Why the Buddha Suffered Home PageNext Section
Why the Buddha Suffered
[5. Pierced by a Rock]
In the fifth enquiry, called pierced by a rock, we hear about how being angry Mahāniddesa-aṭṭhakathā: āhatacittatan-ti kodhena pahatacittabhāvaṁ; āhatacittataṁ means being in a state overcome by anger.1 Devadatta threw a rock.
In the past, it seems, the Buddha-to-be was the youngest brother of the children of one Father. This implies that the Father had children by more than one wife.2 When the Father passed away, Lit: at the end of the Father.3 making a commotion on account of the servants the brothers became opposed to each other. The Buddha-to-be, who was himself endowed with great strength, after overcoming his younger brother, threw a rock and killed him.
Through that deed and its result, after undergoing suffering in the Naraka hell and so on for countless thousands of years, he became a Buddha in this his last state of existence.
Formerly Devadatta, prince Rāhula's uncle, He was Prince Siddhattha's wife's brother; he was also the Buddha's cousin, a Father's Brother's son. 4 was a merchant together with the Buddha-to-be in the time of the Seri merchant story. The reference is to the famous Serivāṇijajātaka, Jā 3, which was the occasion for Devadatta to form an animosity for the Buddha-to-be that was to last up and till his last life. What follows is based on that story.5 Having reached the Paṭṭana village Not listed in DPPN, but in the Jātaka they are said to have been in the Andha country (modern-day Andhra Pradesh).6 they said: “You take one street, and I will take one street,” and they entered by two different ways.
In the street by which Devadatta entered there were two people: an elderly merchant's wife and her grand-daughter. They had a large golden plate that had become stained that was set aside inside an earthenware vessel, and not knowing it was a golden plate, she said: “Take this plate, and give a trinket for my grand-daughter.”
Having taken it and scratched it with a needle he knew it was a golden plate. Thinking: “I will take it later after giving her very little”, he went away.
Then after seeing the Buddha-to-be approach her door, summoning and making him sit down, and giving him the plate, she said: “Take this and give a trinket to my grand-daughter from your basket.”
The Buddha-to-be, after taking it and knowing it to be a golden plate understood she is deceived about it, and from his purse he set aside eight pennies, and gave the rest of his goods, He set aside eight pennies for his boat ride, and gave the rest of his money and goods.7 and also gave a trinket from his basket to the young girl as an ornament for her hands, and then he went away.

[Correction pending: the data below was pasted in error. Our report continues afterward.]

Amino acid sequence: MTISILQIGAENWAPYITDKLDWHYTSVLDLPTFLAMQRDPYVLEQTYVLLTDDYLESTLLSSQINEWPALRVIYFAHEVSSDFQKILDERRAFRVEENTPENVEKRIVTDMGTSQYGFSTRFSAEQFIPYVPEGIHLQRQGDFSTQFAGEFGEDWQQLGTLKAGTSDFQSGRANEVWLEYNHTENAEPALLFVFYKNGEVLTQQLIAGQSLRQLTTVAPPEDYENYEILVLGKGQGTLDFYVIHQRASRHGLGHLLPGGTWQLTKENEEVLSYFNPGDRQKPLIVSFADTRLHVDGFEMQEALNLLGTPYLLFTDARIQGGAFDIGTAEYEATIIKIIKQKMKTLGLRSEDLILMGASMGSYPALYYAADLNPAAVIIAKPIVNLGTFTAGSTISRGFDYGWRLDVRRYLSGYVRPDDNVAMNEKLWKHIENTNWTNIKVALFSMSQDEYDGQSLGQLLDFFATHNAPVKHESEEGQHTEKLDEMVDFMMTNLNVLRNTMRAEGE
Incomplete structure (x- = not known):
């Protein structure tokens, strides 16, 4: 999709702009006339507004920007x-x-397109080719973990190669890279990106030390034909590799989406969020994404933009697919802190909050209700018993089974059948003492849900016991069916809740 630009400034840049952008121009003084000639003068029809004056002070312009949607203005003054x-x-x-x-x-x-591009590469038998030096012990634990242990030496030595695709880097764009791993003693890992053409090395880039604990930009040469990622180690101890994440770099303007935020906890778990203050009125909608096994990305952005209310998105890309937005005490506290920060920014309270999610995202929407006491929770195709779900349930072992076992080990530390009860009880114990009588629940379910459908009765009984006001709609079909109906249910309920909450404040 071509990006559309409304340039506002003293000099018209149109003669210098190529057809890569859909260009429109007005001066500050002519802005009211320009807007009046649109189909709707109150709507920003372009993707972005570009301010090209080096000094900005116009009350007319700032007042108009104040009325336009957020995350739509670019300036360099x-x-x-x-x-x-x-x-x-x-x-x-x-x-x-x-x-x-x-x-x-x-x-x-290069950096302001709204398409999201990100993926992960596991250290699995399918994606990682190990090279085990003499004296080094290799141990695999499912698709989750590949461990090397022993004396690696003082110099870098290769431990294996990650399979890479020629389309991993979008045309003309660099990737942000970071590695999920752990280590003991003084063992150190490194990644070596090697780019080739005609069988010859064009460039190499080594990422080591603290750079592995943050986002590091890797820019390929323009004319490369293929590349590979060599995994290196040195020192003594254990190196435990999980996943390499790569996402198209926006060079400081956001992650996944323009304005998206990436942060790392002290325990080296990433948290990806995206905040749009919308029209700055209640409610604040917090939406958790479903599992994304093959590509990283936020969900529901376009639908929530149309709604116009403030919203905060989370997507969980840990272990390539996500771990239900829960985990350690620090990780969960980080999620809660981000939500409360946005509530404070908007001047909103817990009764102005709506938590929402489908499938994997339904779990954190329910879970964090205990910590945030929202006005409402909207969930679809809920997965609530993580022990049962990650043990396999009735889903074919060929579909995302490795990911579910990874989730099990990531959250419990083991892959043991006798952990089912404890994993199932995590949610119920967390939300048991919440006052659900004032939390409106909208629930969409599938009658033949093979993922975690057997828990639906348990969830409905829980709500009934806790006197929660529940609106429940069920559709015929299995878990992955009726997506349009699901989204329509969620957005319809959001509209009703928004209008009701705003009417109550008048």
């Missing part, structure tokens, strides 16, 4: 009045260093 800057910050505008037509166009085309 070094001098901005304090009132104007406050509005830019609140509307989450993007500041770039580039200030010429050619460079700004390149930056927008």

The first merchant having returned asked her for the plate, but she said: “Son, I cannot give it, having given this and that to my child he took it and went away.” Having heard that, like someone with a broken heart, he ran along after him. The Buddha-to-be had already got onto a boat. Saying: “Stop, don't go, don't go!” But the Buddha-to-be had already gone.8 he made a wish: “May I be able to destroy him in whatever state he re-arises!”
Because of that wish they harrassed one another in countless hundreds of thousands of lives. Arising in the Sakya family in this existence the Gracious One by and by attained omniscience. While living near Rājagaha The Sakyans actually went forth in Anupiya in the Malla state (see Vinaya Cullavagga VII for the story), only after that did they go to Rājagaha, around 250 kilometres away.9 Devadatta went forth in the presence of the Gracious One together with Anuruddha and so on, and attained the absorptions. Being famous he begged the Gracious One for a boon, saying: “Venerable Sir, let the whole of the Community of monks undertake the thirteen austerities, From the Vinaya account (Vinaya Cullavagga, VII, near the end of the second bhāṇavāra) it appears that he did not ask the Buddha for the monks to undertake the thirteen austerities, but to abide by five rules: they should dwell all their lives in the forest, live entirely on alms obtained by begging, wear only robes made of discarded rags, dwell at the foot of a tree and abstain completely from fish and flesh (this last one is not part of the thirteen austerities). The Buddha refused to make these compulsory.10 let the whole of my Devadatta seems already to be claiming leadership of the Community.11 Community of monks bear them.”
But the Gracious One didn't give permission.
Devadatta was overcome Lit: bound with.12 with hatred and lost the absorptions. Desiring to murder the Gracious One, one day while the Gracious One was standing at the foot of Mt. Vebhāra, According to other accounts he was on the slopes of Vulture's Peak (Gijjhakūta).13 he threw a rock at him while standing on the top of the mountain.
Through the power of the Gracious One another mountain Which miraculously sprang up.14 caught it as it fell, but a splinter broke off and struck him giving a blow to the Gracious One's toes.
Therefore it is said:
In the distant past I killed my half-brother In Pāḷi it is more specific: one with a different Mother but the same Father.15 for the sake of wealth,
I threw him in an inaccessible mountain, and crushed him with a rock;
Through that deed and its result Devadatta threw a rock at me,
Which crushed the big toe on my foot with a shard which was made of stone.
Why the Buddha Suffered Home PageNext Section
last updated: February 2012